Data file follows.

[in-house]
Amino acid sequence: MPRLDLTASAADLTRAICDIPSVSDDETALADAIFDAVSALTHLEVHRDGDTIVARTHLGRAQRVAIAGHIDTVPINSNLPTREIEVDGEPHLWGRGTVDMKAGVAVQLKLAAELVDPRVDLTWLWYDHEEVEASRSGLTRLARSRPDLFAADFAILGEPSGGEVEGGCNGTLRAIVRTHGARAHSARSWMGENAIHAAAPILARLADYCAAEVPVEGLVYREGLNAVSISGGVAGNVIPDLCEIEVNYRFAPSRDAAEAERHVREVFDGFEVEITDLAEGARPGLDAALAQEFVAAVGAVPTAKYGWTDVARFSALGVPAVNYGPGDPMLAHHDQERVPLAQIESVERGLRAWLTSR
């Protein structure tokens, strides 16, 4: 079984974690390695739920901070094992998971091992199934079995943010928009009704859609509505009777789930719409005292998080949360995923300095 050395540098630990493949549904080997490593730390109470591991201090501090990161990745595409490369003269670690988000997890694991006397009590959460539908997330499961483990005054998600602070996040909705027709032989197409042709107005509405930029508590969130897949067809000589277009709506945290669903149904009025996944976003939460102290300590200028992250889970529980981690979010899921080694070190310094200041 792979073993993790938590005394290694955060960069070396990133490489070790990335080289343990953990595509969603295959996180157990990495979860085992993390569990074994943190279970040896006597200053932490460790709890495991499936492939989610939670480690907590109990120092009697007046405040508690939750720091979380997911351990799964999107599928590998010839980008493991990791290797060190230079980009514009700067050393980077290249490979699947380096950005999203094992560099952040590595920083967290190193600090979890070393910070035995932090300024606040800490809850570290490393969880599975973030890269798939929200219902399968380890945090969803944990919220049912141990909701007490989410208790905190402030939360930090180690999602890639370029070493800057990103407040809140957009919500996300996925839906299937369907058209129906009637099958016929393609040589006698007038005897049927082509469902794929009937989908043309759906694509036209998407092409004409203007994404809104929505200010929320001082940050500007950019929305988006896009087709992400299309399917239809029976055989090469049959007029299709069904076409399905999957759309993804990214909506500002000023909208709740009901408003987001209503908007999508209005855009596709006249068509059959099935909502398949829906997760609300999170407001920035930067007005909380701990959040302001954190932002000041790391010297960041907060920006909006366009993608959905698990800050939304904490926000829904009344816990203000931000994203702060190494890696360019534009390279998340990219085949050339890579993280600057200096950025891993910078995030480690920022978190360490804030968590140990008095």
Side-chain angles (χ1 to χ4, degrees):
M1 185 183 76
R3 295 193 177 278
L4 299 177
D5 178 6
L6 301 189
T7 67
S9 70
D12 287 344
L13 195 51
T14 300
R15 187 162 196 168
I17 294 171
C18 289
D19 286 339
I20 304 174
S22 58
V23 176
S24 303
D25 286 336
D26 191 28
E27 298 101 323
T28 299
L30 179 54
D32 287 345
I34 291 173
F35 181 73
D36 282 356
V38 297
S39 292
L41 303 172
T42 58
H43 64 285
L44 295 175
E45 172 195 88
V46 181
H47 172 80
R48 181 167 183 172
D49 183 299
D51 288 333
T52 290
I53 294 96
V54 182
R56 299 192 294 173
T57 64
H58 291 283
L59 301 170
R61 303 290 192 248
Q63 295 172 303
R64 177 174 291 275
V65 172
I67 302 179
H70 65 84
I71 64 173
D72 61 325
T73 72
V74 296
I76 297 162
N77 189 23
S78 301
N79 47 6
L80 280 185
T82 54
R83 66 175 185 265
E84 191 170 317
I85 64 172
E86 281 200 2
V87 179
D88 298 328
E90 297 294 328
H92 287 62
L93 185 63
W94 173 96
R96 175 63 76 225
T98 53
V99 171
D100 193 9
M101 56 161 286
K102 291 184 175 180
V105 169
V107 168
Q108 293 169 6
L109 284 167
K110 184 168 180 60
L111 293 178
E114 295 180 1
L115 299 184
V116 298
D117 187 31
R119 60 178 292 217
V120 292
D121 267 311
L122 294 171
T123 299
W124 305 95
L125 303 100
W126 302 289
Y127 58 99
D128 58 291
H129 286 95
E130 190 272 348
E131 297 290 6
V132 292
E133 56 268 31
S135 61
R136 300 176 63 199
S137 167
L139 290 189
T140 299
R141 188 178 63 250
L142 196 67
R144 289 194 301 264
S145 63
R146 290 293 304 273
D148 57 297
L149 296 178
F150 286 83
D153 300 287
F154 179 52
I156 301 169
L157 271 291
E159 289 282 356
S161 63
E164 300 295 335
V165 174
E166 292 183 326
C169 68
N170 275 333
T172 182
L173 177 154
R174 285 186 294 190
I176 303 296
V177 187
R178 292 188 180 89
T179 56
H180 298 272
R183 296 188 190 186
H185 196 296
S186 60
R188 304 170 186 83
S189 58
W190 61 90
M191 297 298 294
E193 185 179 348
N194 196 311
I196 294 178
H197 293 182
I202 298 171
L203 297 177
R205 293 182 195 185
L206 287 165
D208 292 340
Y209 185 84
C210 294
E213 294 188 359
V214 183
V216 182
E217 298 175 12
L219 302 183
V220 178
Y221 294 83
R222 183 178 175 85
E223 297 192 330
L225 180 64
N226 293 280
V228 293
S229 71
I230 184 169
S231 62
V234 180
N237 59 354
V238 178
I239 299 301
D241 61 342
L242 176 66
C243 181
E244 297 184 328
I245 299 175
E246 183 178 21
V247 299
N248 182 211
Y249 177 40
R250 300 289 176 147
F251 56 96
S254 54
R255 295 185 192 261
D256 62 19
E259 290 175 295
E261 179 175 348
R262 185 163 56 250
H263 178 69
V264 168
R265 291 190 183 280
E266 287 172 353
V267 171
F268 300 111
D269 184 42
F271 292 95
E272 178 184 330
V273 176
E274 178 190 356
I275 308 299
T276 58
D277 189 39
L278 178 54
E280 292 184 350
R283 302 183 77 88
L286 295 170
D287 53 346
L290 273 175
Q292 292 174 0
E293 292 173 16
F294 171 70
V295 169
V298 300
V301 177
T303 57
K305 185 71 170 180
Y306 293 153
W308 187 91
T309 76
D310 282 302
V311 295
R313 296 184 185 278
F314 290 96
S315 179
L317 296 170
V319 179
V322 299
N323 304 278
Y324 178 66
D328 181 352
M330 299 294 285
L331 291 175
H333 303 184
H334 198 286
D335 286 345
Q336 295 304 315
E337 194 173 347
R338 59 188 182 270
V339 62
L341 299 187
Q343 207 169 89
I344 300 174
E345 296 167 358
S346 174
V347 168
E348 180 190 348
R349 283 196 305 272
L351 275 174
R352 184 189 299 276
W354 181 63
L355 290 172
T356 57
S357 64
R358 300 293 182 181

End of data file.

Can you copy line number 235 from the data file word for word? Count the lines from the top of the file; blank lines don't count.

D328 181 352